'Uyghurs for sale' report
‘Re-education’, forced labour and surveillance beyond Xinjiang.
By Vicky Xiuzhong Xu, Danielle Cave, Dr James Leibold, Kelsey Munro & Nathan Ruser
This report estimates that more than 80,000 Uyghurs were transferred out of Xinjiang to work in factories across China between 2017 and 2019, and some of them were sent directly from detention camps.
In factories far away from home, they typically live in segregated dormitories, undergo organised Mandarin and ideological training, are subject to constant surveillance, and are forbidden from practicing Islam.
Government documents show that they are assigned minders and have limited freedom of movement.
Local governments and private brokers are paid a price per head by the Xinjiang provincial government to organise the labour assignments.
It is extremely difficult for Uyghurs to refuse or escape these work assignments, which are enmeshed with the apparatus of detention and political indoctrination both inside and outside of Xinjiang.
In addition to constant surveillance, the threat of arbitrary detention hangs over minority citizens who refuse their government-sponsored work assignments.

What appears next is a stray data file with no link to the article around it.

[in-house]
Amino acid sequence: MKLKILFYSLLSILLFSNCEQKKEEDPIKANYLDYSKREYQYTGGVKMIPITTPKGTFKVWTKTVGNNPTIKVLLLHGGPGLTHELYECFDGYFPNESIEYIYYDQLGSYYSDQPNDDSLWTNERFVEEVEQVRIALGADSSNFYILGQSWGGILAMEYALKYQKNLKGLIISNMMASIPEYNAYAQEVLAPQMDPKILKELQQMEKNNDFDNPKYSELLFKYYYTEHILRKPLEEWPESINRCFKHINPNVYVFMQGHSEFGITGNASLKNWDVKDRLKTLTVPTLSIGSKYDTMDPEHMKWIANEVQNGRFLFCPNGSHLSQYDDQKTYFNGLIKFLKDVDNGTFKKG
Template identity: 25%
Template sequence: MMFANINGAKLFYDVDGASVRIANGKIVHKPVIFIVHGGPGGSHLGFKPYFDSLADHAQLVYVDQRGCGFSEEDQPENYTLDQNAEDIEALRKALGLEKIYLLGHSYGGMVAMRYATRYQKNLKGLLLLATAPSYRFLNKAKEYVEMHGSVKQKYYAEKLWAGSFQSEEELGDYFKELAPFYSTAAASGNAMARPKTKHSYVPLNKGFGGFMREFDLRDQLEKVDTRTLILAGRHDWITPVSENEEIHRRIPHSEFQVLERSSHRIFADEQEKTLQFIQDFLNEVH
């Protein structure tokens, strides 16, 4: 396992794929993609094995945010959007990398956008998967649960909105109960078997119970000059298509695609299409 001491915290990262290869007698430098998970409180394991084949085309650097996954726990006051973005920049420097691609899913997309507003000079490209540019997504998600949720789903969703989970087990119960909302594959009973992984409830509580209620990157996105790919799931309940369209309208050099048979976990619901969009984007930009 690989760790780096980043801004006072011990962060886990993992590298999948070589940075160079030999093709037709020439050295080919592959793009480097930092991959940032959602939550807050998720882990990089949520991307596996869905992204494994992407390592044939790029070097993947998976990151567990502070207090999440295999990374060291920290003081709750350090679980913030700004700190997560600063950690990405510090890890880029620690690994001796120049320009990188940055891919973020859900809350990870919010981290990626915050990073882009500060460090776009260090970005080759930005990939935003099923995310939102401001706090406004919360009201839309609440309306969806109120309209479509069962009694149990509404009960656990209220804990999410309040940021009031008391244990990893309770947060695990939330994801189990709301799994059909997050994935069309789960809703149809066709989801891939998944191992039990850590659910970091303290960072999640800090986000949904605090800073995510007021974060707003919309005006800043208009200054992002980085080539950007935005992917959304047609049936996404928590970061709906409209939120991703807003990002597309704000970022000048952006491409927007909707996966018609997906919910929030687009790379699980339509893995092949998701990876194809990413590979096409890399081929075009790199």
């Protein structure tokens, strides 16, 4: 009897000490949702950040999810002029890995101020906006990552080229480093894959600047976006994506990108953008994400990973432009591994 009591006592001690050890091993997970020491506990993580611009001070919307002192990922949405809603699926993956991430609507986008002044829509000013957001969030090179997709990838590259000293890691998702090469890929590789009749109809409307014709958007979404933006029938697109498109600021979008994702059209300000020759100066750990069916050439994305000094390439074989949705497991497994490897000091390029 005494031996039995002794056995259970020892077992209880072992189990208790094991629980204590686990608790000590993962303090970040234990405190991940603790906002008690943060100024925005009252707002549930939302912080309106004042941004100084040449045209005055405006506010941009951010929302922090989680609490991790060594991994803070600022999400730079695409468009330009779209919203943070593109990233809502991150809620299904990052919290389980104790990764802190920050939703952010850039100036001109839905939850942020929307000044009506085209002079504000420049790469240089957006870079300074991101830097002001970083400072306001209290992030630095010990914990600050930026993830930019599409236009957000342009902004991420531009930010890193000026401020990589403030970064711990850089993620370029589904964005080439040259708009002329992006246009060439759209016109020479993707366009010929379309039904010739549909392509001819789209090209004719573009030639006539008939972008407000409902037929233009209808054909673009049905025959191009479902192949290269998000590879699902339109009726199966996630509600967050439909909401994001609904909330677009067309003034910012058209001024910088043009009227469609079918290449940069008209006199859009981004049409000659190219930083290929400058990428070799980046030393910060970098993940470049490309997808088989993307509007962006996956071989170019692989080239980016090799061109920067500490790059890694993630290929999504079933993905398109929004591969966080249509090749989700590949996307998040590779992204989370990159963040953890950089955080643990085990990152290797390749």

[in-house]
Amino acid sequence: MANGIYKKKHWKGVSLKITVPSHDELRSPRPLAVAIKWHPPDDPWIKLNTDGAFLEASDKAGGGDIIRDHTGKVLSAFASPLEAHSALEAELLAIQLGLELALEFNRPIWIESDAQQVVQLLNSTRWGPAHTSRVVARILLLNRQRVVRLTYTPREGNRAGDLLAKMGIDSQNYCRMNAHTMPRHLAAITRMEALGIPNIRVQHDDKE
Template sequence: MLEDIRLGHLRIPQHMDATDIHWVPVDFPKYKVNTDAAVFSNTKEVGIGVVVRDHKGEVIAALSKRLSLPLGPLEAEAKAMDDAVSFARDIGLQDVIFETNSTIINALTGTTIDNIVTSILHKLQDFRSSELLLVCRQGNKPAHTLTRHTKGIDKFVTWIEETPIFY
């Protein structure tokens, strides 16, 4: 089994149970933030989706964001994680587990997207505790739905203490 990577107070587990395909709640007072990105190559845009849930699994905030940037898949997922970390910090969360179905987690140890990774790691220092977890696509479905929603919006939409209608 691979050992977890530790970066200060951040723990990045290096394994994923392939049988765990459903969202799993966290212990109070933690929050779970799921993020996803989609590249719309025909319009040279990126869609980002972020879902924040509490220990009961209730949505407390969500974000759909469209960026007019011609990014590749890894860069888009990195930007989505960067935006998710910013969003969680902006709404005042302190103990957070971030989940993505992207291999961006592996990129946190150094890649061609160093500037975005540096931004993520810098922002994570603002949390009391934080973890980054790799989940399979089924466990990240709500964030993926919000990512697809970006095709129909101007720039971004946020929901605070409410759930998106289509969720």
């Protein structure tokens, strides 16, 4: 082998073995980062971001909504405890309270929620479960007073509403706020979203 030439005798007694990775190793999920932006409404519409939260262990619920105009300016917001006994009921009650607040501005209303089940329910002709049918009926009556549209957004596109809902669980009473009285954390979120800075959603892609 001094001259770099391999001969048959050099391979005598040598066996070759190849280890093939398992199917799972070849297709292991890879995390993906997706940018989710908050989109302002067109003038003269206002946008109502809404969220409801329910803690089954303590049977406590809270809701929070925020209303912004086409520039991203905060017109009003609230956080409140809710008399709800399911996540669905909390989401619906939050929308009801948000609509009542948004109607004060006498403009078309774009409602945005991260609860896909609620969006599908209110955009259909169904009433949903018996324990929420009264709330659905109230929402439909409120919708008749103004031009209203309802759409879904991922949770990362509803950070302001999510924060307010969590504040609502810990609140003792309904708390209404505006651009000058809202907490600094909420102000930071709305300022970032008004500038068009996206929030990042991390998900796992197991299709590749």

This report examines three case studies. The first one being a manufacturer for Nike in eastern China.
The factory is equipped with watchtowers, barbed-wire fences and police guard boxes. Outside work hours, the Uyghur workers attend a school where they study Mandarin, sing the Chinese national anthem and receive ‘vocational training’ and ‘patriotic education’. The curriculum closely mirrors that of Xinjiang’s ‘re-education camps’.
The Uyghur workers, unlike their Han counterparts, are reportedly unable to go home for holiday.
The second case study is on a factory in Anhui province, The Haoyuanpeng Clothing Manufacturing Co. Ltd, that claims to supply sportswear multinationals Adidas and Fila.
In 2018, the factory directly recruited Uyghur labor from a ‘re-education camp’ in Xinjiang. The company also recently set up a highly secure factory in Xinjiang’s Shule (Yengixahar) county.
In a recent interview, Haoyuanpeng President Zeng Yifa (曾亿法) told state media that he established a factory in Xinjiang because it was difficult to find young workers in other parts of China, or even abroad, concluding:
In the third case study, we identify several Chinese factories making components for Apple or their suppliers using Uyghur labour.
One company, O-Film Technology Co. Ltd manufactured the ‘selfie cameras’ for iPhone 8 and iPhone X.
In the last week of April 2017, 700 Uyghurs were transferred from Hotan Prefecture in Xinjiang to an O-Film factory in Jiangxi province.
The report includes an appendix that details the factories involved and the brands that appear to have elements of forced Uyghur labour in their supply chains.
It also makes specific recommendations for the Chinese government, companies, foreign governments and civil society organisations.